The Tech Turn in Refugee Protection and Integration: New Solutions or Hot Air?
Blair Levin, Senior Nonresident Fellow, Metropolitan Policy Project, Brookings Institution; and Executive Director of U.S. National Broadband Plan (2009-10)
Meghan Benton, Senior Policy Analyst, Migration Policy Institute
Rosa Akbari, Senior Advisor, Technology for Development, Mercy Corps
Natalia Banulescu-Bogdan, Associate Director, International Program, MPI
Smartphones have become unlikely symbols of the global refugee crisis: selfies of refugees in harrowing situations abound on social media, people in conflict call for help on Skype or What’s App, and mapping and GPS technology have sometimes acted as a literal lifeline.
Seeing an opportunity, numerous tech startups and social entrepreneurs have designed apps and tech tools to protect refugees along their journeys and help them settle in. The last few years have seen hundreds of “civic tech” initiatives emerge in the United States, Europe, the Middle East, and beyond. But dozens of hackathons, hundreds of prototypes, and countless newspaper column inches later—has all this energy and enthusiasm actually made a difference to refugee lives?
In addition to all the energy abounding in the tech sector for a tech-based solution to the current refugee crisis, more traditional stakeholders in the global protection system—such as national governments and NGO actors—have also made a major shift towards integrating technology into their protection strategy. Notably, the United Nations High Commissioner for Refugees (UNHCR) has set a goal of ensuring that “all refugees, and the communities that host them, are connected to mobile networks and the Internet so that they can leverage these technologies to improve their lives."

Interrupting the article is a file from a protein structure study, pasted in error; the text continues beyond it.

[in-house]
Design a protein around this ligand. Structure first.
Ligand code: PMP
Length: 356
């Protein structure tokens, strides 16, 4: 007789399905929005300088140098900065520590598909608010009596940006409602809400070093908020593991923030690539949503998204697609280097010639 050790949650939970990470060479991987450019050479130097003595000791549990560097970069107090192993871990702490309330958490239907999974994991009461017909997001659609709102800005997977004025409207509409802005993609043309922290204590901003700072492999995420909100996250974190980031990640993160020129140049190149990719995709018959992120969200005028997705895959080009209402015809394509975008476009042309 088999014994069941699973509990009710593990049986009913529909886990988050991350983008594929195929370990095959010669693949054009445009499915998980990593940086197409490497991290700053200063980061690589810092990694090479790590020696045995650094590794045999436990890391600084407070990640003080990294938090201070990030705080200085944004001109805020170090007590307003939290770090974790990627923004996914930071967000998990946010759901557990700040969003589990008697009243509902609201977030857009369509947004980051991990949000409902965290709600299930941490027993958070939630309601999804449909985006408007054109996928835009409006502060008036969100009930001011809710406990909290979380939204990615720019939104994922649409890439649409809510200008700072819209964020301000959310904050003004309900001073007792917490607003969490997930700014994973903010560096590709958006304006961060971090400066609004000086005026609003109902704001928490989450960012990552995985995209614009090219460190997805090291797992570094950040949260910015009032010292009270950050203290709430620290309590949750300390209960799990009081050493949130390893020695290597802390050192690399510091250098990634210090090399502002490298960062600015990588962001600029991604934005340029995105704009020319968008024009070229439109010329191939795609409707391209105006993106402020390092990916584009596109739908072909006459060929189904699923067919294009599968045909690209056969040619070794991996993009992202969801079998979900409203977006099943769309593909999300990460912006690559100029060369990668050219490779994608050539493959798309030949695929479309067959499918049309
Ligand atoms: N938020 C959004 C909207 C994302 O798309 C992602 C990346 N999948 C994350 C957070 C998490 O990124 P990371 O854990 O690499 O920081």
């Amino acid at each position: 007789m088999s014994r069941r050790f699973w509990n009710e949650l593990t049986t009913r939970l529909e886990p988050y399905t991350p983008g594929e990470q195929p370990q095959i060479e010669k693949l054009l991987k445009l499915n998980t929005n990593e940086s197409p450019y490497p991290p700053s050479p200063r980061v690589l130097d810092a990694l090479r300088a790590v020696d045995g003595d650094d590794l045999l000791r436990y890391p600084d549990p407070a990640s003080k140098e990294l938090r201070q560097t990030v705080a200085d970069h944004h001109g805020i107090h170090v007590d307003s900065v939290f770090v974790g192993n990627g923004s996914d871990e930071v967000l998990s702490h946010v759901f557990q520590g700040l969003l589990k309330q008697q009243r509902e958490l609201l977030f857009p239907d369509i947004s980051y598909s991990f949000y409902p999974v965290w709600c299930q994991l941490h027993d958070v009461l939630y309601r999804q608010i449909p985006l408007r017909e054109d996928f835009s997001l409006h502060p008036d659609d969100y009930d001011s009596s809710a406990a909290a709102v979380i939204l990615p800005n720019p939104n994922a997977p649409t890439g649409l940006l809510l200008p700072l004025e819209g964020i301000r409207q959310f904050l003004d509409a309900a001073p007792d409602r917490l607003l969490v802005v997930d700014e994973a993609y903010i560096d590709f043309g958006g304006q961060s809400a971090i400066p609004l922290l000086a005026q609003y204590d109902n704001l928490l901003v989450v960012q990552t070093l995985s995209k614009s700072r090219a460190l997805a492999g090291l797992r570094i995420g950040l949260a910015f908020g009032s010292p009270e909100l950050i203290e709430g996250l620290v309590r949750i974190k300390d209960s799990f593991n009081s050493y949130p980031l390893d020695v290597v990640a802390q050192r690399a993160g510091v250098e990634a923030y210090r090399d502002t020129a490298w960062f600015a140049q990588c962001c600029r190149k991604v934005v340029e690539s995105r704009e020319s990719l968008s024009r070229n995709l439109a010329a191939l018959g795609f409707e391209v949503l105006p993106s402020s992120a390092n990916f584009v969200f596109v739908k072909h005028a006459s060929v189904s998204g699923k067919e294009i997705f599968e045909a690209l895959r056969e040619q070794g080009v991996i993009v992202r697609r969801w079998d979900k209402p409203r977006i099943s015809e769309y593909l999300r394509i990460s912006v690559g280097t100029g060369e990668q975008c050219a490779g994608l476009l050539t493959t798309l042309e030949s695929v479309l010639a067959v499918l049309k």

This MPI webinar explores the recent “tech turn” in refugee protection and integration, and considers whether it is likely to make a lasting impact. Speakers discuss the most promising innovations and their broader implications for policymakers. They discuss the challenges and opportunities for governments, as they seek to work with new actors such as tech companies. And they look beyond apps, to discuss the broader digital infrastructure needs of refugee camps and services—including the crucial issue of Internet connectivity for refugees.
The discussion highlighted findings and recommendations from these two reports: A Global Broadband Plan for Refugees and Digital Humanitarianism: How Tech Entrepreneurs Are Supporting Refugee Integration.